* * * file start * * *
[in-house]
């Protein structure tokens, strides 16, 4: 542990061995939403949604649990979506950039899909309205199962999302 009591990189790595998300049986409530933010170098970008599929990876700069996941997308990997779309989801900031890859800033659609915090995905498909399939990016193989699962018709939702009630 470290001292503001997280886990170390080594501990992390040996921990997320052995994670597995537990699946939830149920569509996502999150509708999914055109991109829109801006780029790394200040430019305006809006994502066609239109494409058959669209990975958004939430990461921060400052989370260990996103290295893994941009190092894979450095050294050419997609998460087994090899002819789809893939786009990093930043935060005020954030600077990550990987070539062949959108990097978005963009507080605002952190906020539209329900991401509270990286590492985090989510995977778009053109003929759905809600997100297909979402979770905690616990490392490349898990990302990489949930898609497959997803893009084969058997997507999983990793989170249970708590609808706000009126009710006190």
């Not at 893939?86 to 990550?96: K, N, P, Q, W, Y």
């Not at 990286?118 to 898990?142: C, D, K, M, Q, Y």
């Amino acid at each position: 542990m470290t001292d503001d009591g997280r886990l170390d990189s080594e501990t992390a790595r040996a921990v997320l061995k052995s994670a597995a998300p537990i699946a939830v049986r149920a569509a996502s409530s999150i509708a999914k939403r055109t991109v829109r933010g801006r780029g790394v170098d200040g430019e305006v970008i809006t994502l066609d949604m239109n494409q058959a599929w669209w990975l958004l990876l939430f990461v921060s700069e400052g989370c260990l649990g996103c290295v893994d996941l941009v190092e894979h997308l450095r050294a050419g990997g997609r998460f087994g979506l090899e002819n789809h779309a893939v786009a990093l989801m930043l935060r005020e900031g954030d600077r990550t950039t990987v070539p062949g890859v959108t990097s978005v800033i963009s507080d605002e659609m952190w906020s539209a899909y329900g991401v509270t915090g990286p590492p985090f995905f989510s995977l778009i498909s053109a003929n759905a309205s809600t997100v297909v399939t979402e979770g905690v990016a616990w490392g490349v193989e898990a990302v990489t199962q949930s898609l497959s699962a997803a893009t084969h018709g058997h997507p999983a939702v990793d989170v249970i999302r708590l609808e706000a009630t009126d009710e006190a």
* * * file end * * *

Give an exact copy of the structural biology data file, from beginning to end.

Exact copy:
[in-house]
């Protein structure tokens, strides 16, 4: 542990061995939403949604649990979506950039899909309205199962999302 009591990189790595998300049986409530933010170098970008599929990876700069996941997308990997779309989801900031890859800033659609915090995905498909399939990016193989699962018709939702009630 470290001292503001997280886990170390080594501990992390040996921990997320052995994670597995537990699946939830149920569509996502999150509708999914055109991109829109801006780029790394200040430019305006809006994502066609239109494409058959669209990975958004939430990461921060400052989370260990996103290295893994941009190092894979450095050294050419997609998460087994090899002819789809893939786009990093930043935060005020954030600077990550990987070539062949959108990097978005963009507080605002952190906020539209329900991401509270990286590492985090989510995977778009053109003929759905809600997100297909979402979770905690616990490392490349898990990302990489949930898609497959997803893009084969058997997507999983990793989170249970708590609808706000009126009710006190």
């Not at 893939?86 to 990550?96: K, N, P, Q, W, Y």
């Not at 990286?118 to 898990?142: C, D, K, M, Q, Y």
């Amino acid at each position: 542990m470290t001292d503001d009591g997280r886990l170390d990189s080594e501990t992390a790595r040996a921990v997320l061995k052995s994670a597995a998300p537990i699946a939830v049986r149920a569509a996502s409530s999150i509708a999914k939403r055109t991109v829109r933010g801006r780029g790394v170098d200040g430019e305006v970008i809006t994502l066609d949604m239109n494409q058959a599929w669209w990975l958004l990876l939430f990461v921060s700069e400052g989370c260990l649990g996103c290295v893994d996941l941009v190092e894979h997308l450095r050294a050419g990997g997609r998460f087994g979506l090899e002819n789809h779309a893939v786009a990093l989801m930043l935060r005020e900031g954030d600077r990550t950039t990987v070539p062949g890859v959108t990097s978005v800033i963009s507080d605002e659609m952190w906020s539209a899909y329900g991401v509270t915090g990286p590492p985090f995905f989510s995977l778009i498909s053109a003929n759905a309205s809600t997100v297909v399939t979402e979770g905690v990016a616990w490392g490349v193989e898990a990302v990489t199962q949930s898609l497959s699962a997803a893009t084969h018709g058997h997507p999983a939702v990793d989170v249970i999302r708590l609808e706000a009630t009126d009710e006190a």